People who want to reopen just think it won't happen to them. Perhaps they care more about the new unemployed. They also likely have more at stake in the economy. If you're over 65 and especially if you have an underlying medical condition you should be worried about Covid-19. But if you're in your 20s or 30s, and you're perfectly healthy, but you have car payments and a college loan and rent due at the end of the month, you might think it's worth the pretty minimal risk of disease in order to keep your family together. After all, they might reason, you're more likely to be injured in a traffic accident on the way to work than fall victim to Covid-19.

     As the summer unfolds, no matter what our personal beliefs, we will all be going out more, seeing more people. So take a look at The Risks -- Know Them -- Avoid Them by Erin Bromage, biology professor at the University of Massachusetts. He has better advice than I could ever give about how to understand the virus, how it spreads, and how to protect ourselves as we do reopen.

23 comments:

Wisewebwoman said...

I'm one of those who is never bored and very easily entertained both by my inner and outer selves.

But I do understand those who have the jitters with "nothing" to do.

We have had no new cases here for 15 days now but still following the lead of NZ on the lockdown of ferries and flights coming in. The second wave will hit, of that I have no doubt.

but for now, I have pulled away from all engagement with the news and social media. It is too exhausting.

I also know that one whiff of Covid, with all my underlying health issues, I would be dead.

XO
WWW

Rian said...

Tom, I find this a pretty good assessment of what is going on. We have both "thoughts" in our family... the ones who want to continue to self-isolate and those that want to get out now and resume their lives (with caution). Both ways of thinking are understandable.

Being in our 70's, with possible immune system impairment due to Cancer, and a predisposition to the science/medical side of the argument, we go for the continue to self-isolate. We understand those who need to work to feed their families... but from what we see, many are NOT using caution, wearing masks, and social distancing. This could easily just keep the virus spreading. THAT is our concern.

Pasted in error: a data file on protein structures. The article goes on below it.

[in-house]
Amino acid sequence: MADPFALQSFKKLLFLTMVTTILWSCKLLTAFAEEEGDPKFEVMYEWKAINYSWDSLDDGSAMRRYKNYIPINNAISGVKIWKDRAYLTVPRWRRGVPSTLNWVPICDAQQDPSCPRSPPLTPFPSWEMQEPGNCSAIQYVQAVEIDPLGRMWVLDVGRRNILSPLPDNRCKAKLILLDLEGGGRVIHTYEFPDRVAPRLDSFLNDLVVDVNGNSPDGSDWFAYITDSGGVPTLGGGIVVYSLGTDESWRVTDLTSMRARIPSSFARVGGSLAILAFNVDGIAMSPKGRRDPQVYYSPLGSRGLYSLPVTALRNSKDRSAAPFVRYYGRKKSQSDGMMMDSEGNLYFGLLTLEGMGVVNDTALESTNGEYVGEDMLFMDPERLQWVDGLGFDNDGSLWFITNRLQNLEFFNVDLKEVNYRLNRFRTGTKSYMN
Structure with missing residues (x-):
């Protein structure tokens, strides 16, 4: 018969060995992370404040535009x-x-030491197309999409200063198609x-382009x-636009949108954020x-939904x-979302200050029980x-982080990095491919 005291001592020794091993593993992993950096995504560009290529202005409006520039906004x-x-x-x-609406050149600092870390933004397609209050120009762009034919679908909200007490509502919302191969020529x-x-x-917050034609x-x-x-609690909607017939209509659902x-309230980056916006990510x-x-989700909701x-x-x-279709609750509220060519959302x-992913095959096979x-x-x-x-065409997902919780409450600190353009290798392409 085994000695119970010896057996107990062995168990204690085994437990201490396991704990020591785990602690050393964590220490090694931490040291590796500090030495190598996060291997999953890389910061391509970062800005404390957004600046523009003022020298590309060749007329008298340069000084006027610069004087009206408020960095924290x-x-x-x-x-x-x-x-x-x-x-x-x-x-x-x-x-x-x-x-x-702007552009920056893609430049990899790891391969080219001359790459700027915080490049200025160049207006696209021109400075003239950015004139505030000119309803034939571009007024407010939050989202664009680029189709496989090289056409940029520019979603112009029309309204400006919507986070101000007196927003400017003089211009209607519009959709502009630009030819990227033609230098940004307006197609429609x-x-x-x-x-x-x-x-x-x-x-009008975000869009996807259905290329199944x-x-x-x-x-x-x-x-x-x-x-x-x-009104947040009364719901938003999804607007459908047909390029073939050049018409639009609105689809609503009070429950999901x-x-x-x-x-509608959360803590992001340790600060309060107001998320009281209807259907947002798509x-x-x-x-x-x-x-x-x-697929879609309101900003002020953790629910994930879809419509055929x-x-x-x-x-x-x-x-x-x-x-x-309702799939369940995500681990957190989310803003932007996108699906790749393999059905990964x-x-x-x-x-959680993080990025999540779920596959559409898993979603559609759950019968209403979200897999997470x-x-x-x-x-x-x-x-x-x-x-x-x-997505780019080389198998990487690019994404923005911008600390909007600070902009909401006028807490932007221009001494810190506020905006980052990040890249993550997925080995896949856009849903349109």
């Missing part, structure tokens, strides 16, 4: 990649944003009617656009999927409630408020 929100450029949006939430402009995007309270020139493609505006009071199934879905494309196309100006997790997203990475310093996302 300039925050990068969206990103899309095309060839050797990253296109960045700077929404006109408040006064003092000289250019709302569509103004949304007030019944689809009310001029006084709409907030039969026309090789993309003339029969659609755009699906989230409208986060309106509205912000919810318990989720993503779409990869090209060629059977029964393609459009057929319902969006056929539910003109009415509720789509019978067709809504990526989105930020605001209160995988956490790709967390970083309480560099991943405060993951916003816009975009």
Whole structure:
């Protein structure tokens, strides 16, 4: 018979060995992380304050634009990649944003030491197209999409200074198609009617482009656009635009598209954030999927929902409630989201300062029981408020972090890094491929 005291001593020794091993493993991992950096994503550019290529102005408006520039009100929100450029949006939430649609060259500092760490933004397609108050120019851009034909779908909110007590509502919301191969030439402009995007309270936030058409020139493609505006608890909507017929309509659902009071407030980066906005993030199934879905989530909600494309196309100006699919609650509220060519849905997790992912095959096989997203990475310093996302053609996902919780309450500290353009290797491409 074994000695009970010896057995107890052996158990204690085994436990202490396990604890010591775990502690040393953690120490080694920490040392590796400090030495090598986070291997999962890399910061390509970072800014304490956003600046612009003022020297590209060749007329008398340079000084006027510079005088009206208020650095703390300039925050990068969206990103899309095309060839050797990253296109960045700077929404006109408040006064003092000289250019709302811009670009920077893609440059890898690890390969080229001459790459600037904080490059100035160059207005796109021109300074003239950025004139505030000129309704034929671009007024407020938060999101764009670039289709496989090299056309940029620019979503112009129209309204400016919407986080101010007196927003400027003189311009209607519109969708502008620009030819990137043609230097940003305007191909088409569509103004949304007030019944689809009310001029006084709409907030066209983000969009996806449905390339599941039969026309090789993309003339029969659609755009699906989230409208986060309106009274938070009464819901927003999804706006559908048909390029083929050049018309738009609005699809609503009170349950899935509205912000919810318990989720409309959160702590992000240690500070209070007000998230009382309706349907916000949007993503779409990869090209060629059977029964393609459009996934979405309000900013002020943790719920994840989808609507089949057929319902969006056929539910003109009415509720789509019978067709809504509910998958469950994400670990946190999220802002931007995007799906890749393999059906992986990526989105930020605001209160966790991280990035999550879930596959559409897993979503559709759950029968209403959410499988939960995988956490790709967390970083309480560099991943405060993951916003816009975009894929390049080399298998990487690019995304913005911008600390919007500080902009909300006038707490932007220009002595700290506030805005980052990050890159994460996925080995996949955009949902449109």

If we could open up and somehow enforce these regulations (which apparently can't happen as it infringes on people's 'freedom'...??) the theory of opening up gradually could work. But there are always going to be some that just won't follow medical/science advice.

Sheltering at home is not that difficult for DH and myself. We find plenty to do between chores, hobbies, walks, and communicating digitally with family and friends. But I know it is more difficult for some... not just those with financial needs, but those who simply need to get out.

However, I agree with the article by Erin Bromage that "if you don't solve the biology, the economy won't recover".

Fred said...

The reopening is well underway. With this being an election year there is absolutely nothing that will stop it or slow it down. I personally believe we will not shut down again under any circumstance.
We will try and not catch it while waiting for a vaccine. Remember the joke about the bear? I don't have to outrun the bear I just have to outrun you!
The only thing left to do is make personal decisions about our levels of interaction. I believe the data so far shows it is airborne and there is reason to believe it will get worse later this year. Masks work. We will not be having anyone in our home.

gigi-hawaii said...

I don't have any strong feelings about re-opening or remaining isolated. But, it makes me sad that so many concerts and shows were canceled. We donated the tickets back to the box office so they can keep the money. I guess we will just have to sit and see what happens next.